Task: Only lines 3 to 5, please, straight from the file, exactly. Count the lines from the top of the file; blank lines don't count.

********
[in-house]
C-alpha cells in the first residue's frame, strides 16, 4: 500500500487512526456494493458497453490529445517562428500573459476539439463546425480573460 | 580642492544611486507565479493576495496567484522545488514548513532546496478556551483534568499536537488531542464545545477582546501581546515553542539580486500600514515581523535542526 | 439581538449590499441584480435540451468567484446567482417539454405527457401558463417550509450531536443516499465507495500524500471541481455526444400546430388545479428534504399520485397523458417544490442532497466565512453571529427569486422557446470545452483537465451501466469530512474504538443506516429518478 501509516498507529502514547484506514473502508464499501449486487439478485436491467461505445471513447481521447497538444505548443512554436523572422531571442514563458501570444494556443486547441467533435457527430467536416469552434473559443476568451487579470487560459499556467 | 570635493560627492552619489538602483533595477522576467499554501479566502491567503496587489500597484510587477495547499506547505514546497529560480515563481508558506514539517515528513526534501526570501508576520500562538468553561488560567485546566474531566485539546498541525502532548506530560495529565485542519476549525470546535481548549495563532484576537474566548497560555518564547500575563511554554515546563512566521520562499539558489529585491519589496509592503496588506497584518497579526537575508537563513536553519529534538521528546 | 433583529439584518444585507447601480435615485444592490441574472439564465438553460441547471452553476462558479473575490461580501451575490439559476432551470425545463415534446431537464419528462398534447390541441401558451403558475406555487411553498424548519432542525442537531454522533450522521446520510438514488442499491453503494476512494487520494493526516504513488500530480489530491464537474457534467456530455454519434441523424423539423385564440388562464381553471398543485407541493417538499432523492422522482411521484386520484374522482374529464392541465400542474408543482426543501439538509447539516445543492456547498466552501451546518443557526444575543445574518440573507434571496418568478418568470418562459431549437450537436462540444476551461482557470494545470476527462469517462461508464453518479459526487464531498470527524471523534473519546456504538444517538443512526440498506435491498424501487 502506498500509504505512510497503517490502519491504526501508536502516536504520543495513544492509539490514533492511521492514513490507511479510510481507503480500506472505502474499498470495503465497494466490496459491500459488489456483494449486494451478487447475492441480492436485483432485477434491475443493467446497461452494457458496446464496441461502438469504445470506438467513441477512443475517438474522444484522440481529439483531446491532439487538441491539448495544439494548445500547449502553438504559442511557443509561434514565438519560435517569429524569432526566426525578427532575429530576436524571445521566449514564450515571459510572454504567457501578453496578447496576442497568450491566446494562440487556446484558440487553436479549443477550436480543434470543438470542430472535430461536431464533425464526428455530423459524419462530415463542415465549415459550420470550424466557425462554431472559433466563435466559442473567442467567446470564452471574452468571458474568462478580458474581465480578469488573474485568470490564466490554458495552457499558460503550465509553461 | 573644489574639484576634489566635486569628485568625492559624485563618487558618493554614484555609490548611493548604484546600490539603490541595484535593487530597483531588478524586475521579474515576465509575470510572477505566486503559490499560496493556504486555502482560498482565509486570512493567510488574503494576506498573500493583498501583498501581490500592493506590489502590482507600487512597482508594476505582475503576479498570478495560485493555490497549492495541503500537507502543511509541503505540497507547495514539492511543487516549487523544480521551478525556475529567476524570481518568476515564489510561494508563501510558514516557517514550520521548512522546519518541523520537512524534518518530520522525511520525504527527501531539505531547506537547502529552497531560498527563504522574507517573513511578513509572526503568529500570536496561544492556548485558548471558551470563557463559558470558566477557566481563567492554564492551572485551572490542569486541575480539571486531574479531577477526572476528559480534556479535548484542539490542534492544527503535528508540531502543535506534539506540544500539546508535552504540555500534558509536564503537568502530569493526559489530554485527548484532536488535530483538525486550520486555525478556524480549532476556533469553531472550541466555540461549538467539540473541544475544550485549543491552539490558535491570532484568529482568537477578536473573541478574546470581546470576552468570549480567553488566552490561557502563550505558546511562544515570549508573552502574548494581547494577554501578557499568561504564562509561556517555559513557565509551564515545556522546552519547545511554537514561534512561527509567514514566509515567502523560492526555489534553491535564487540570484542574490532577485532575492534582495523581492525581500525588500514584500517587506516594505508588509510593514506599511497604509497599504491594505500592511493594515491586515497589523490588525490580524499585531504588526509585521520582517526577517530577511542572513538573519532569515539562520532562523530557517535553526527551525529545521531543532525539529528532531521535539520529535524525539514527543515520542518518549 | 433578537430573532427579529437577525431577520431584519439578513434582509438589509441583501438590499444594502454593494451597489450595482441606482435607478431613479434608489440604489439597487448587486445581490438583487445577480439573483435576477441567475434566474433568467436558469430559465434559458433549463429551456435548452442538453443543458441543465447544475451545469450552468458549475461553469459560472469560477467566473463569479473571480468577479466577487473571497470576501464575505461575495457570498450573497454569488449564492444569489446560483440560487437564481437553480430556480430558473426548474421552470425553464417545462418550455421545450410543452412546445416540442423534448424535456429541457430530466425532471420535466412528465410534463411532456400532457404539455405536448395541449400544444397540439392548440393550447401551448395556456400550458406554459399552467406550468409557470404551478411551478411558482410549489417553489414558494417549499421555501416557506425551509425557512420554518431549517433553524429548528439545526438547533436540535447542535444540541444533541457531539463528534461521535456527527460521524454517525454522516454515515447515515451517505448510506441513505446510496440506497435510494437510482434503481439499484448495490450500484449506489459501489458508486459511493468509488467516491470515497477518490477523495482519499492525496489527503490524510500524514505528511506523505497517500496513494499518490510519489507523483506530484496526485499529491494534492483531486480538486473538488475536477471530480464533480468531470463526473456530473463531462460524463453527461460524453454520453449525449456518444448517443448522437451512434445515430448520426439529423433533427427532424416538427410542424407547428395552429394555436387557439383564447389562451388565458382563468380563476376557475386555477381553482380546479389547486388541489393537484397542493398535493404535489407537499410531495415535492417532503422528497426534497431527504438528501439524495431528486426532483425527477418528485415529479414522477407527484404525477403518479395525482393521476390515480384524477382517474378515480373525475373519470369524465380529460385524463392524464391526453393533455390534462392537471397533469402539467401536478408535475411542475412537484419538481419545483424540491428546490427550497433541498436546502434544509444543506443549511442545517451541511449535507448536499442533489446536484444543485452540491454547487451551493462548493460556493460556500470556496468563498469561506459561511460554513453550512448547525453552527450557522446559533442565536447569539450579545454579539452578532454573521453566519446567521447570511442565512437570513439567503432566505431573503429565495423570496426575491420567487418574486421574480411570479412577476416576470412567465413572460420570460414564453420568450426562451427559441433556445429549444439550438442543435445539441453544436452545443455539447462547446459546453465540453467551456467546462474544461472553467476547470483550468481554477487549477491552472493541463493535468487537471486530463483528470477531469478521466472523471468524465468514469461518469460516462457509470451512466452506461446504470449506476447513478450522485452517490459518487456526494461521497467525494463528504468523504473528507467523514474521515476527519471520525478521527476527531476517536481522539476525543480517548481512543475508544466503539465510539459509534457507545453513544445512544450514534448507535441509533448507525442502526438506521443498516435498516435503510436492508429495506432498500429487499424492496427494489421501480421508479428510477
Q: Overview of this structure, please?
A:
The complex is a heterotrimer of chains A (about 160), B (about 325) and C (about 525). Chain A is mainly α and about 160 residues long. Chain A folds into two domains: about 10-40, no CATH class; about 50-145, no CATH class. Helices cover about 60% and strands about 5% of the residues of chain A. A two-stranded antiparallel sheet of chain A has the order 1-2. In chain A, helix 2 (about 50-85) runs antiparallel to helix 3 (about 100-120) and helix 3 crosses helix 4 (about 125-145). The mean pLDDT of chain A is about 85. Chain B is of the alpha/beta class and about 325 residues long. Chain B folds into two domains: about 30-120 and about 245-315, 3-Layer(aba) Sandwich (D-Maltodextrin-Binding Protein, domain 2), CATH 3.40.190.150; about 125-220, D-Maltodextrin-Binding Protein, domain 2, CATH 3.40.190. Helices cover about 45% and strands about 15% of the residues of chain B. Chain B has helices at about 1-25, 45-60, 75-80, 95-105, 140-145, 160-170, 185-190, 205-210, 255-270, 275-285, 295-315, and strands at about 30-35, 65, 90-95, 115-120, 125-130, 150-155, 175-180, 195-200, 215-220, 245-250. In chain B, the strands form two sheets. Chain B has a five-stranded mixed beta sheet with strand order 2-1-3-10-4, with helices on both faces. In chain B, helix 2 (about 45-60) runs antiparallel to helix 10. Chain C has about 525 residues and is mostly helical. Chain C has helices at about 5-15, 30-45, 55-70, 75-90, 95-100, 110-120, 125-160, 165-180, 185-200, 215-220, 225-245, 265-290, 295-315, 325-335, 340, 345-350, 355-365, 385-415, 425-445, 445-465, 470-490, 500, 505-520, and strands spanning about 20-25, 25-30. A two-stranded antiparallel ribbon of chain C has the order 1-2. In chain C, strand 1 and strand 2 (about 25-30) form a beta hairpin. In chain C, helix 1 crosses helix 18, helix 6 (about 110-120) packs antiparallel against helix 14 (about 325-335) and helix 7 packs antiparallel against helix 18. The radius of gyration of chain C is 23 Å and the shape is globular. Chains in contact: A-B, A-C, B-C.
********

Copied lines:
Q: Overview of this structure, please?
A:
The complex is a heterotrimer of chains A (about 160), B (about 325) and C (about 525). Chain A is mainly α and about 160 residues long. Chain A folds into two domains: about 10-40, no CATH class; about 50-145, no CATH class. Helices cover about 60% and strands about 5% of the residues of chain A. A two-stranded antiparallel sheet of chain A has the order 1-2. In chain A, helix 2 (about 50-85) runs antiparallel to helix 3 (about 100-120) and helix 3 crosses helix 4 (about 125-145). The mean pLDDT of chain A is about 85. Chain B is of the alpha/beta class and about 325 residues long. Chain B folds into two domains: about 30-120 and about 245-315, 3-Layer(aba) Sandwich (D-Maltodextrin-Binding Protein, domain 2), CATH 3.40.190.150; about 125-220, D-Maltodextrin-Binding Protein, domain 2, CATH 3.40.190. Helices cover about 45% and strands about 15% of the residues of chain B. Chain B has helices at about 1-25, 45-60, 75-80, 95-105, 140-145, 160-170, 185-190, 205-210, 255-270, 275-285, 295-315, and strands at about 30-35, 65, 90-95, 115-120, 125-130, 150-155, 175-180, 195-200, 215-220, 245-250. In chain B, the strands form two sheets. Chain B has a five-stranded mixed beta sheet with strand order 2-1-3-10-4, with helices on both faces. In chain B, helix 2 (about 45-60) runs antiparallel to helix 10. Chain C has about 525 residues and is mostly helical. Chain C has helices at about 5-15, 30-45, 55-70, 75-90, 95-100, 110-120, 125-160, 165-180, 185-200, 215-220, 225-245, 265-290, 295-315, 325-335, 340, 345-350, 355-365, 385-415, 425-445, 445-465, 470-490, 500, 505-520, and strands spanning about 20-25, 25-30. A two-stranded antiparallel ribbon of chain C has the order 1-2. In chain C, strand 1 and strand 2 (about 25-30) form a beta hairpin. In chain C, helix 1 crosses helix 18, helix 6 (about 110-120) packs antiparallel against helix 14 (about 325-335) and helix 7 packs antiparallel against helix 18. The radius of gyration of chain C is 23 Å and the shape is globular. Chains in contact: A-B, A-C, B-C.